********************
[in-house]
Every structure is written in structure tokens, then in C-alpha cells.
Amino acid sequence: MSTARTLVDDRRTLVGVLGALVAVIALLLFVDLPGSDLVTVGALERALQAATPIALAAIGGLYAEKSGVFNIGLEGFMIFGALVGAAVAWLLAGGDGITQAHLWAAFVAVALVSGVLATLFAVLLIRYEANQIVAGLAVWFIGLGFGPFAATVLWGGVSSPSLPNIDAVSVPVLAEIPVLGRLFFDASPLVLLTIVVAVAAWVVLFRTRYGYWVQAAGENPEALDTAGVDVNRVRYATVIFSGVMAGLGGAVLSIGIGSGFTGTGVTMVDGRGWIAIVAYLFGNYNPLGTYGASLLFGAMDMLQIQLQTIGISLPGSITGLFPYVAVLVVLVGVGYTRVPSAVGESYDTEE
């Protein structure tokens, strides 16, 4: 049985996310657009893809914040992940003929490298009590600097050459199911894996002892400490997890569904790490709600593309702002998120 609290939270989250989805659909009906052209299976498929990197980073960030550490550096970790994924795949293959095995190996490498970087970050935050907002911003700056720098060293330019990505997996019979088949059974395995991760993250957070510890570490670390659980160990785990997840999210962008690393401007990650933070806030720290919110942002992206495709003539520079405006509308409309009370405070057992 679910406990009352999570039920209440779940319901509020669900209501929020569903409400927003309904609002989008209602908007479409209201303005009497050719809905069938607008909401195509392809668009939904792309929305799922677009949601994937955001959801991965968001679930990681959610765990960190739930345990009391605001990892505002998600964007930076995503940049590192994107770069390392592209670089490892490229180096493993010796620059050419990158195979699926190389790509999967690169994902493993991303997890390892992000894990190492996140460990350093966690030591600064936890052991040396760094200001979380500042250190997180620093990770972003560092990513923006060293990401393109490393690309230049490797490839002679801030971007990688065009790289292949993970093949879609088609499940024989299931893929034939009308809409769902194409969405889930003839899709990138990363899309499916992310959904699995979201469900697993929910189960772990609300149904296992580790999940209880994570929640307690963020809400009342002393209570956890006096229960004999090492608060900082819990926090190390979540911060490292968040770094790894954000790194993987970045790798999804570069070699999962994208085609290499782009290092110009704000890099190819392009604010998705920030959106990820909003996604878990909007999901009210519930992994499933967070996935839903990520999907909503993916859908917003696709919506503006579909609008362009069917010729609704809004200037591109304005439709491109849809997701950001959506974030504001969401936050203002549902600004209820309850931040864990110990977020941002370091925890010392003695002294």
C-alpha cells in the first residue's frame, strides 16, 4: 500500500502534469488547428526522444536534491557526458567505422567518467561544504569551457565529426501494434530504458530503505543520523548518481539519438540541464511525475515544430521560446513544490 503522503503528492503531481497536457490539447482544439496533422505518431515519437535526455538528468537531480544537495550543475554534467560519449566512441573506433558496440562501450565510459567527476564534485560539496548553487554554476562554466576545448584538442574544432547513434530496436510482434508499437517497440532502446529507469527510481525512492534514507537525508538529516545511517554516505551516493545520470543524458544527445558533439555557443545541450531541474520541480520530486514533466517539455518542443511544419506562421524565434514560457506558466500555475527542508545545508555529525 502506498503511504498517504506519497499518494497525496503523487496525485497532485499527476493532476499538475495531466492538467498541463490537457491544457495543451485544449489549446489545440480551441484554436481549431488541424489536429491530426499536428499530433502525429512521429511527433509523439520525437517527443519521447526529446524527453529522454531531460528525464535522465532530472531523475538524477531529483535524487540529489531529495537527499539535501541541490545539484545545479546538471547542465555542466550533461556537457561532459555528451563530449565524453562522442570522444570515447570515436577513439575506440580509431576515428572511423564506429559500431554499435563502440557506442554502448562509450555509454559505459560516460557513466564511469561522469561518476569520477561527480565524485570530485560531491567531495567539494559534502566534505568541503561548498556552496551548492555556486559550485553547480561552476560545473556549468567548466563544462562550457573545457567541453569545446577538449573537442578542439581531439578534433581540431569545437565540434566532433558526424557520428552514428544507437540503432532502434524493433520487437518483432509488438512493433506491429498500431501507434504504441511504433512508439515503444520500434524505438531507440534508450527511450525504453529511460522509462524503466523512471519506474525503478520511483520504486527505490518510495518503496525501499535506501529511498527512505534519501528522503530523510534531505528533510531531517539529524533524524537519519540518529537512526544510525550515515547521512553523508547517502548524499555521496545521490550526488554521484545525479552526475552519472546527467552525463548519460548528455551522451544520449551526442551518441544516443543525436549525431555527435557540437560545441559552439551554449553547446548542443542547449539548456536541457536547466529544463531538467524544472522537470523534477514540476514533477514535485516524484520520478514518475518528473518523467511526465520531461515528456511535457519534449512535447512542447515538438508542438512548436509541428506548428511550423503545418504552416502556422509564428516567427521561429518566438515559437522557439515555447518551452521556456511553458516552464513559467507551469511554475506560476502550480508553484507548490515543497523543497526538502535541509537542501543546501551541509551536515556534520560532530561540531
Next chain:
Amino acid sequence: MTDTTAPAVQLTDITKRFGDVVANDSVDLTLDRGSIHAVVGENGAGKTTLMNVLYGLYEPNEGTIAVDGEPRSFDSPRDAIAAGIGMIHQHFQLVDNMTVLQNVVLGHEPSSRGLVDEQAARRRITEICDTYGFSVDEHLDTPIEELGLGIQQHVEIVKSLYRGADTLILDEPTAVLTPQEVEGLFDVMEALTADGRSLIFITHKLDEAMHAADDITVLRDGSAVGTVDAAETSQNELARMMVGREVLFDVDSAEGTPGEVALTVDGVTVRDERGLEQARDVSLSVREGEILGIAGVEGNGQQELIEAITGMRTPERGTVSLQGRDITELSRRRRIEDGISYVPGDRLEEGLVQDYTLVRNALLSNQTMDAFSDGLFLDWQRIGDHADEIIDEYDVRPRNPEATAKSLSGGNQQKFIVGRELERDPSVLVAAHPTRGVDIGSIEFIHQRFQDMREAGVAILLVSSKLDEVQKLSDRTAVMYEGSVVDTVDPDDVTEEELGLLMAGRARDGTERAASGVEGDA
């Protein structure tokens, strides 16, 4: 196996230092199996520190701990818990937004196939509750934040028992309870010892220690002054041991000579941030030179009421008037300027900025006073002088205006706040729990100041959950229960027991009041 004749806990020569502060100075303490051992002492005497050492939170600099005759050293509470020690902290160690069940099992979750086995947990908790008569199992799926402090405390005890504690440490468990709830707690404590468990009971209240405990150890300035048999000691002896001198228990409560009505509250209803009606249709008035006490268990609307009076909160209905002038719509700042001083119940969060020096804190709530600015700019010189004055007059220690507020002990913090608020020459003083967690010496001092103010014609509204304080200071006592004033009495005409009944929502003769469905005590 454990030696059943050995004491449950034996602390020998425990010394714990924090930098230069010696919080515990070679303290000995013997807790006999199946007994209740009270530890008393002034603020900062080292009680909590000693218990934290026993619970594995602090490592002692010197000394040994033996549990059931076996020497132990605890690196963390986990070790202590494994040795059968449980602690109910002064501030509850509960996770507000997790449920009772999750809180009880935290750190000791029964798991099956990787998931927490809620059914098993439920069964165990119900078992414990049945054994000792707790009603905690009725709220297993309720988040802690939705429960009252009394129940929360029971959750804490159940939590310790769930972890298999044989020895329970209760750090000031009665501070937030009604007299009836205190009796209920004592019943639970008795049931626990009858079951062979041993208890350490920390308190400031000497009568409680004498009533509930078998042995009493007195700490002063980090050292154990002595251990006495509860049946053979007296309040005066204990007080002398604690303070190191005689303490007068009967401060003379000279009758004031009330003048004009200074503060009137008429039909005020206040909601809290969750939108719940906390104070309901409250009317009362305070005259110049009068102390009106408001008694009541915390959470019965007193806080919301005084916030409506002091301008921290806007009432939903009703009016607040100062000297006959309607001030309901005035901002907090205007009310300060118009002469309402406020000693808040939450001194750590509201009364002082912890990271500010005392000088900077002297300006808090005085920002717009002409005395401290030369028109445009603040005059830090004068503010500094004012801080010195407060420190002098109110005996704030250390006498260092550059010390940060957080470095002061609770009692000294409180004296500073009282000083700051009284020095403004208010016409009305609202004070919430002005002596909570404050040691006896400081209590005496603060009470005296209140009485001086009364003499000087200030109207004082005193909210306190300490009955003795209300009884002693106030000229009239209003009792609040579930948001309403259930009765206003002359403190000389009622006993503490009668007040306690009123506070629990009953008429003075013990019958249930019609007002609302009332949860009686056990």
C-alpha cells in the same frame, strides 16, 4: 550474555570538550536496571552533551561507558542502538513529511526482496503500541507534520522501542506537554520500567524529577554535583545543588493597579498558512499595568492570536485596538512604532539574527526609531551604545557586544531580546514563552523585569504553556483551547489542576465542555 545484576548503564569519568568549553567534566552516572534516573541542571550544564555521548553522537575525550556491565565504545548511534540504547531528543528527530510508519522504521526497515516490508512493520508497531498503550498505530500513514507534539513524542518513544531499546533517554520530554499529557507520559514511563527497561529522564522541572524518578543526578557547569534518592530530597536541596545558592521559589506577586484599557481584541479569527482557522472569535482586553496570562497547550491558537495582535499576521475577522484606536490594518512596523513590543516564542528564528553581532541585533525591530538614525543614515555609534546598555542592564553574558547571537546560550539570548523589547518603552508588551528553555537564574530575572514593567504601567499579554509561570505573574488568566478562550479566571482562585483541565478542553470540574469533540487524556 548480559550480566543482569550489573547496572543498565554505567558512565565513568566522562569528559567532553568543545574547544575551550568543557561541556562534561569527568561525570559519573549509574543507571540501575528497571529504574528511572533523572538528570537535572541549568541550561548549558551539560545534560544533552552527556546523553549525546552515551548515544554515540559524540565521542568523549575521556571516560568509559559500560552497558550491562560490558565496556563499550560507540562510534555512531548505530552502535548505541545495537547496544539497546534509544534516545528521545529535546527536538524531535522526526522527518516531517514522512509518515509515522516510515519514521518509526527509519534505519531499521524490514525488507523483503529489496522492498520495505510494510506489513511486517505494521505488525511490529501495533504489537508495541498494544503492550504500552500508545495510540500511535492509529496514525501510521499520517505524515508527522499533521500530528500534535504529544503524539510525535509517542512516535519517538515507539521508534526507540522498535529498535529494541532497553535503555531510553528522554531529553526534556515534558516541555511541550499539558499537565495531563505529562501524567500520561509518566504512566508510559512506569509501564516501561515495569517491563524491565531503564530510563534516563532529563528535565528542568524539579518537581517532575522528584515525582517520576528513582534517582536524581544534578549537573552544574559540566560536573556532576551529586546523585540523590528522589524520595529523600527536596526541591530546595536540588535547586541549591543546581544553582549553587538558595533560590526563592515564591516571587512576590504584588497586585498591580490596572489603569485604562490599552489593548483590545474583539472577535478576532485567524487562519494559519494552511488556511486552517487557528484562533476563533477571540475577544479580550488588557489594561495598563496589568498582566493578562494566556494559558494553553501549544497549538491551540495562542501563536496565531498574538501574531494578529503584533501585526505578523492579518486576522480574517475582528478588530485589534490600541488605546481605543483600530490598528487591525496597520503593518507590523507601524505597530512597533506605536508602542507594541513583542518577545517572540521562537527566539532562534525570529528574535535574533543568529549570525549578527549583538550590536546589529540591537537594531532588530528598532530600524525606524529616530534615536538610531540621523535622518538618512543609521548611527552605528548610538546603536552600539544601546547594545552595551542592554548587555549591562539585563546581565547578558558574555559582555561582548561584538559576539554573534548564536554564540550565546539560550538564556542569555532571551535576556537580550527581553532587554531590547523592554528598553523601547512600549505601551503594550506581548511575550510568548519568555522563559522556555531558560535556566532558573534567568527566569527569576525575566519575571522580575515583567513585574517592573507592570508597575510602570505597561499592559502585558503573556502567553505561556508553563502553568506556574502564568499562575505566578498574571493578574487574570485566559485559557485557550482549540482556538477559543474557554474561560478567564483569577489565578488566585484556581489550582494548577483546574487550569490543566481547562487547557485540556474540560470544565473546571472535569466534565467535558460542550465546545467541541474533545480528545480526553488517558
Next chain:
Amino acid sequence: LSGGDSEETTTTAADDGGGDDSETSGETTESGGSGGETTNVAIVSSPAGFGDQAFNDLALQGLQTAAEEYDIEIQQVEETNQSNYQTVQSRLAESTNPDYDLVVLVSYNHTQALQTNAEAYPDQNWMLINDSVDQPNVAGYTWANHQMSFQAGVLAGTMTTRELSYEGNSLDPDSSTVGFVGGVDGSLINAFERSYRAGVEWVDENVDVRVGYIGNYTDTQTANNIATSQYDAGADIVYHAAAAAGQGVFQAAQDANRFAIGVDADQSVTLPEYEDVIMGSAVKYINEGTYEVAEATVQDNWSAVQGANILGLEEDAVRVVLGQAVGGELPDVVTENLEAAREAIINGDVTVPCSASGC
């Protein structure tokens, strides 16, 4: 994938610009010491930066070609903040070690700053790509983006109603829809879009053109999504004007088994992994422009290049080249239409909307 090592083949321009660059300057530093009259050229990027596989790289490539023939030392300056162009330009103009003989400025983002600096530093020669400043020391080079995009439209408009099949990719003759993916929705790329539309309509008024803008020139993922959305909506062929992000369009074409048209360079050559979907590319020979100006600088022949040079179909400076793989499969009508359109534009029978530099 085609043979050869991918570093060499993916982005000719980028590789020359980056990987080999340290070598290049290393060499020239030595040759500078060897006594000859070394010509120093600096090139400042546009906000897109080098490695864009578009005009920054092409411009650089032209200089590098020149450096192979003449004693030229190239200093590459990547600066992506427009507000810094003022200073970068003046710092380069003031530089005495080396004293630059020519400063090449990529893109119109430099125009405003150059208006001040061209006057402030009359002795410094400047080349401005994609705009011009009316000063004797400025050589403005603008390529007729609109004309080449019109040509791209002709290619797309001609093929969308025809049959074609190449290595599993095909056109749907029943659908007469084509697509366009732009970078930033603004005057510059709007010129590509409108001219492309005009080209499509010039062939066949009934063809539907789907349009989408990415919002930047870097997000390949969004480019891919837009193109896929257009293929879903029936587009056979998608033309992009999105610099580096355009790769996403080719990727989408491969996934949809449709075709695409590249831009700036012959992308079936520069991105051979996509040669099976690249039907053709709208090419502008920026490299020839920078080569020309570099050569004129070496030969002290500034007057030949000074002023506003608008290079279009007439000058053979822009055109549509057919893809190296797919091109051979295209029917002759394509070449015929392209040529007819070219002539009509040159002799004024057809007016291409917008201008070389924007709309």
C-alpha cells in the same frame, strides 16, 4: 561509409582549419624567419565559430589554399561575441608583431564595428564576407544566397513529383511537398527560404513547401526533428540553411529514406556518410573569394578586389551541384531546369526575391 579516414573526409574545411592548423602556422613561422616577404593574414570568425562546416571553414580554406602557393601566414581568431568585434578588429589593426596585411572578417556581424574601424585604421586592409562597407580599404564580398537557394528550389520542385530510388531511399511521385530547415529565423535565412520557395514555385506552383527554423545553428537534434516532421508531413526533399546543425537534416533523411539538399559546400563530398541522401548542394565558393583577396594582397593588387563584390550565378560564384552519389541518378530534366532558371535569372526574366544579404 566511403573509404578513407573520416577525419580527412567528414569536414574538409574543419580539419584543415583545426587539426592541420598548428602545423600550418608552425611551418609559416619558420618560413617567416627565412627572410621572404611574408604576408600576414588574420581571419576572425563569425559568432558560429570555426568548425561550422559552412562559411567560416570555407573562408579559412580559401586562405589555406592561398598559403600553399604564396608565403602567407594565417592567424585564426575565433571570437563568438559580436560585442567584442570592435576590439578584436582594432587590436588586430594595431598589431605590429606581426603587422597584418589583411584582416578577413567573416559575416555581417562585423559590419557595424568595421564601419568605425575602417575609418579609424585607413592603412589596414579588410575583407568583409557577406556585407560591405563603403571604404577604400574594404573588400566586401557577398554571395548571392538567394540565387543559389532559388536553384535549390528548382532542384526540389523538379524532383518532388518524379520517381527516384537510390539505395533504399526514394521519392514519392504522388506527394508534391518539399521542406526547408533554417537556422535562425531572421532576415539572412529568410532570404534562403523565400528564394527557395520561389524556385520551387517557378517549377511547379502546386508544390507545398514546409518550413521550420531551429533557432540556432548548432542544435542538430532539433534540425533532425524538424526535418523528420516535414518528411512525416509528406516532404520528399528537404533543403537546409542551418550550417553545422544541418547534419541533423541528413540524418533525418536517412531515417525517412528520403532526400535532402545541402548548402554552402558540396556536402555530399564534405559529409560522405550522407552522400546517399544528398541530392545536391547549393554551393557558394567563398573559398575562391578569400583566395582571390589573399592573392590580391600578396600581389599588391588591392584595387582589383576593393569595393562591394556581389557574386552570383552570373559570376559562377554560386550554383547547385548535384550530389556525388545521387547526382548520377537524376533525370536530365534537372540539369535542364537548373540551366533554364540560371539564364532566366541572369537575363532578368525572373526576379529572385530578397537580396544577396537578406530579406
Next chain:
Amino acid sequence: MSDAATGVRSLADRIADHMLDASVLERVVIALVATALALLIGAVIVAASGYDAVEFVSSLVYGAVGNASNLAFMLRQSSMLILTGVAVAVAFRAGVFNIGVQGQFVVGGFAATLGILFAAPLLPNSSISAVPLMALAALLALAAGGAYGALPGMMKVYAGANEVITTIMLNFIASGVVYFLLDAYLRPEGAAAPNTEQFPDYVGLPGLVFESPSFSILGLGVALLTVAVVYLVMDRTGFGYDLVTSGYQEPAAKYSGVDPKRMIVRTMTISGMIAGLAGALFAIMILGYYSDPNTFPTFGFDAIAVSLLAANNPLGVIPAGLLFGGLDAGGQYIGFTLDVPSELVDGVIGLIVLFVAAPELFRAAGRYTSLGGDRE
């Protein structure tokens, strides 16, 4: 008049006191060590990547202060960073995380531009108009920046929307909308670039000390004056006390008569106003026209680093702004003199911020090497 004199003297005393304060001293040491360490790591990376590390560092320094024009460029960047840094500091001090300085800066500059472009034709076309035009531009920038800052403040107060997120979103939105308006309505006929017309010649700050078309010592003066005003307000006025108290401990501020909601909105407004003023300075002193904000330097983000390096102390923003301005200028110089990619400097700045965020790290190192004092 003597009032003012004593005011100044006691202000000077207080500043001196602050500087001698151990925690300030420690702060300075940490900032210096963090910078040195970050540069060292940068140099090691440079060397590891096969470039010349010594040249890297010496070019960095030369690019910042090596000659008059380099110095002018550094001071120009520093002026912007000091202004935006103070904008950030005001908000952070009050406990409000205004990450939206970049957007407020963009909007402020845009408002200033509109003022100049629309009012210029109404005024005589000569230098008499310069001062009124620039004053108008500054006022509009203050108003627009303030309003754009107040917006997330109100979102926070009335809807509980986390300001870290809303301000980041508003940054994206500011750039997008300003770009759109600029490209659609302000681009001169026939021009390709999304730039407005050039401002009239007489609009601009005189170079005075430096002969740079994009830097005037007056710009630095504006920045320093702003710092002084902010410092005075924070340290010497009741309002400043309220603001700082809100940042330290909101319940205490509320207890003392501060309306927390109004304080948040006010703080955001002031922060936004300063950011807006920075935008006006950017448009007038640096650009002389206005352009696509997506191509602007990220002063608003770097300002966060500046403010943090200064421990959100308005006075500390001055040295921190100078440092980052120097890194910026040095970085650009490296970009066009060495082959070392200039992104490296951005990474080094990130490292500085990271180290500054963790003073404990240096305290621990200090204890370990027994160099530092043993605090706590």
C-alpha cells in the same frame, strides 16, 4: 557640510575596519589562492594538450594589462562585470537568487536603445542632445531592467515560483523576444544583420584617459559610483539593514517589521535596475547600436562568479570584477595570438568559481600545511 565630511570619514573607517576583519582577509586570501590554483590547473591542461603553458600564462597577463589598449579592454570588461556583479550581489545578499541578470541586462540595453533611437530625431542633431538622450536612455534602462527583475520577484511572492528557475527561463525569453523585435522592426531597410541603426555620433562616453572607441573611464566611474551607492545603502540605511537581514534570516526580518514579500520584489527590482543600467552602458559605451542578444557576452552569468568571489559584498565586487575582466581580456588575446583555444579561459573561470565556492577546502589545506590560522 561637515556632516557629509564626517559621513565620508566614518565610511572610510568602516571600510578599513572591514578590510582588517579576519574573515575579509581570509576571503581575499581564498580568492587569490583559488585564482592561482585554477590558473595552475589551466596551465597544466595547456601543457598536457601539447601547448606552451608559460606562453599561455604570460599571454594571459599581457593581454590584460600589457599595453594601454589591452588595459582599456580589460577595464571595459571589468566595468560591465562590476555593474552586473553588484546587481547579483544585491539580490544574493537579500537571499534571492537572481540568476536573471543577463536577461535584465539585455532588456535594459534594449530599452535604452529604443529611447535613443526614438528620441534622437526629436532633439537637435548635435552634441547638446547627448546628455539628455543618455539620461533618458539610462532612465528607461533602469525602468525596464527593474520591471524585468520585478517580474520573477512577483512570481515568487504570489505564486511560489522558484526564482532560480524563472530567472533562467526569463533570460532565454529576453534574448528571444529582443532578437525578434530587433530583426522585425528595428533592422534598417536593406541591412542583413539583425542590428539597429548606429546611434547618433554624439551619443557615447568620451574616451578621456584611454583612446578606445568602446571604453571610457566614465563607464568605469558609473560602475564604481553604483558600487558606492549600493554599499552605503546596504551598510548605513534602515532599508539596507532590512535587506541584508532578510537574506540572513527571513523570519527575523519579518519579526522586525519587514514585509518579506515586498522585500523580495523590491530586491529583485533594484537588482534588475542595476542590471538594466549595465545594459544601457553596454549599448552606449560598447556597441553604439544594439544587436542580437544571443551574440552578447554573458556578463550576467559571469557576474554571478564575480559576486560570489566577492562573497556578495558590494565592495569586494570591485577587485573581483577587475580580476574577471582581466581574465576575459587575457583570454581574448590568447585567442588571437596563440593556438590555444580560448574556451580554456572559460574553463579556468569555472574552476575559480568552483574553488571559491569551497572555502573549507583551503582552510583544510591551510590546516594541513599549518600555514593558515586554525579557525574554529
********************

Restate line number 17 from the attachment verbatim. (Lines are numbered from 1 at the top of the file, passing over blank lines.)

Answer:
C-alpha cells in the same frame, strides 16, 4: 557640510575596519589562492594538450594589462562585470537568487536603445542632445531592467515560483523576444544583420584617459559610483539593514517589521535596475547600436562568479570584477595570438568559481600545511 565630511570619514573607517576583519582577509586570501590554483590547473591542461603553458600564462597577463589598449579592454570588461556583479550581489545578499541578470541586462540595453533611437530625431542633431538622450536612455534602462527583475520577484511572492528557475527561463525569453523585435522592426531597410541603426555620433562616453572607441573611464566611474551607492545603502540605511537581514534570516526580518514579500520584489527590482543600467552602458559605451542578444557576452552569468568571489559584498565586487575582466581580456588575446583555444579561459573561470565556492577546502589545506590560522 561637515556632516557629509564626517559621513565620508566614518565610511572610510568602516571600510578599513572591514578590510582588517579576519574573515575579509581570509576571503581575499581564498580568492587569490583559488585564482592561482585554477590558473595552475589551466596551465597544466595547456601543457598536457601539447601547448606552451608559460606562453599561455604570460599571454594571459599581457593581454590584460600589457599595453594601454589591452588595459582599456580589460577595464571595459571589468566595468560591465562590476555593474552586473553588484546587481547579483544585491539580490544574493537579500537571499534571492537572481540568476536573471543577463536577461535584465539585455532588456535594459534594449530599452535604452529604443529611447535613443526614438528620441534622437526629436532633439537637435548635435552634441547638446547627448546628455539628455543618455539620461533618458539610462532612465528607461533602469525602468525596464527593474520591471524585468520585478517580474520573477512577483512570481515568487504570489505564486511560489522558484526564482532560480524563472530567472533562467526569463533570460532565454529576453534574448528571444529582443532578437525578434530587433530583426522585425528595428533592422534598417536593406541591412542583413539583425542590428539597429548606429546611434547618433554624439551619443557615447568620451574616451578621456584611454583612446578606445568602446571604453571610457566614465563607464568605469558609473560602475564604481553604483558600487558606492549600493554599499552605503546596504551598510548605513534602515532599508539596507532590512535587506541584508532578510537574506540572513527571513523570519527575523519579518519579526522586525519587514514585509518579506515586498522585500523580495523590491530586491529583485533594484537588482534588475542595476542590471538594466549595465545594459544601457553596454549599448552606449560598447556597441553604439544594439544587436542580437544571443551574440552578447554573458556578463550576467559571469557576474554571478564575480559576486560570489566577492562573497556578495558590494565592495569586494570591485577587485573581483577587475580580476574577471582581466581574465576575459587575457583570454581574448590568447585567442588571437596563440593556438590555444580560448574556451580554456572559460574553463579556468569555472574552476575559480568552483574553488571559491569551497572555502573549507583551503582552510583544510591551510590546516594541513599549518600555514593558515586554525579557525574554529